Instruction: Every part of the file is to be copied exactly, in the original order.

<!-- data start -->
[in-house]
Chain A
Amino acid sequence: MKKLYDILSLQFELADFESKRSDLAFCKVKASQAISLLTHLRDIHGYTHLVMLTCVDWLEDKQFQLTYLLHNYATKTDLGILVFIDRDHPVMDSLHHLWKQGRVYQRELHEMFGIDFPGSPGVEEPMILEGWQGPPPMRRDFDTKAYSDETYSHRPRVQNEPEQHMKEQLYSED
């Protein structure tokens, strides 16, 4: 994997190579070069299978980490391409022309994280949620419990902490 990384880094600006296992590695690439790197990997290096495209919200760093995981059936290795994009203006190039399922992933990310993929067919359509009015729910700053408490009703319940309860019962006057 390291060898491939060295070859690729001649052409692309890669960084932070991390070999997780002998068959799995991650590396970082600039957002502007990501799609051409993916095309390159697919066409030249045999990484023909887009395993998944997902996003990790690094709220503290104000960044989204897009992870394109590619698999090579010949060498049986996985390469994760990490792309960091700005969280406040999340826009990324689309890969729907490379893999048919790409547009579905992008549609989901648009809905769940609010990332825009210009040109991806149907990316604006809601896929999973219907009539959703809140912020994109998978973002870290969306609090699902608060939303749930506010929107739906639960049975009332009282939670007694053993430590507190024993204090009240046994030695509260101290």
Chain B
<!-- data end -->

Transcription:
[in-house]
Chain A
Amino acid sequence: MKKLYDILSLQFELADFESKRSDLAFCKVKASQAISLLTHLRDIHGYTHLVMLTCVDWLEDKQFQLTYLLHNYATKTDLGILVFIDRDHPVMDSLHHLWKQGRVYQRELHEMFGIDFPGSPGVEEPMILEGWQGPPPMRRDFDTKAYSDETYSHRPRVQNEPEQHMKEQLYSED
């Protein structure tokens, strides 16, 4: 994997190579070069299978980490391409022309994280949620419990902490 990384880094600006296992590695690439790197990997290096495209919200760093995981059936290795994009203006190039399922992933990310993929067919359509009015729910700053408490009703319940309860019962006057 390291060898491939060295070859690729001649052409692309890669960084932070991390070999997780002998068959799995991650590396970082600039957002502007990501799609051409993916095309390159697919066409030249045999990484023909887009395993998944997902996003990790690094709220503290104000960044989204897009992870394109590619698999090579010949060498049986996985390469994760990490792309960091700005969280406040999340826009990324689309890969729907490379893999048919790409547009579905992008549609989901648009809905769940609010990332825009210009040109991806149907990316604006809601896929999973219907009539959703809140912020994109998978973002870290969306609090699902608060939303749930506010929107739906639960049975009332009282939670007694053993430590507190024993204090009240046994030695509260101290």
Chain B